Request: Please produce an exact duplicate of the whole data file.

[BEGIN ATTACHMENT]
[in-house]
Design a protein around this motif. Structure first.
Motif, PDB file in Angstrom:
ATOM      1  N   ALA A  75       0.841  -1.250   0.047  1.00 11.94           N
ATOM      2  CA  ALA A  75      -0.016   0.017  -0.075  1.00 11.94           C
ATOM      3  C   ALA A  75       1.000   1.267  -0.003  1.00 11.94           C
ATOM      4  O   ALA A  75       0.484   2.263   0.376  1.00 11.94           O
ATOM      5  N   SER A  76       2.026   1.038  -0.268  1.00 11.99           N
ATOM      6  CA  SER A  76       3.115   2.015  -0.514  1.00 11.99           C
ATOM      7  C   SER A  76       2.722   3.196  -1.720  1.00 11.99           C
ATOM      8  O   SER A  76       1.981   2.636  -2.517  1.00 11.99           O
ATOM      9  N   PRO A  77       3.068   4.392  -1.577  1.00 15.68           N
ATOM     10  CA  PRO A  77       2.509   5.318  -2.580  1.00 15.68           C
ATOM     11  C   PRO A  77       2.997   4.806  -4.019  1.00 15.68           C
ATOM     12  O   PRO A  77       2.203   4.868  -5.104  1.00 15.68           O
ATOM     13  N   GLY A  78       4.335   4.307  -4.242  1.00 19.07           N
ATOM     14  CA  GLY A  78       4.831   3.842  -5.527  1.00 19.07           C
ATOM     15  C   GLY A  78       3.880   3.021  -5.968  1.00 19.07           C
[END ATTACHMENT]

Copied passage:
[in-house]
Design a protein around this motif. Structure first.
Motif, PDB file in Angstrom:
ATOM      1  N   ALA A  75       0.841  -1.250   0.047  1.00 11.94           N
ATOM      2  CA  ALA A  75      -0.016   0.017  -0.075  1.00 11.94           C
ATOM      3  C   ALA A  75       1.000   1.267  -0.003  1.00 11.94           C
ATOM      4  O   ALA A  75       0.484   2.263   0.376  1.00 11.94           O
ATOM      5  N   SER A  76       2.026   1.038  -0.268  1.00 11.99           N
ATOM      6  CA  SER A  76       3.115   2.015  -0.514  1.00 11.99           C
ATOM      7  C   SER A  76       2.722   3.196  -1.720  1.00 11.99           C
ATOM      8  O   SER A  76       1.981   2.636  -2.517  1.00 11.99           O
ATOM      9  N   PRO A  77       3.068   4.392  -1.577  1.00 15.68           N
ATOM     10  CA  PRO A  77       2.509   5.318  -2.580  1.00 15.68           C
ATOM     11  C   PRO A  77       2.997   4.806  -4.019  1.00 15.68           C
ATOM     12  O   PRO A  77       2.203   4.868  -5.104  1.00 15.68           O
ATOM     13  N   GLY A  78       4.335   4.307  -4.242  1.00 19.07           N
ATOM     14  CA  GLY A  78       4.831   3.842  -5.527  1.00 19.07           C
ATOM     15  C   GLY A  78       3.880   3.021  -5.968  1.00 19.07           C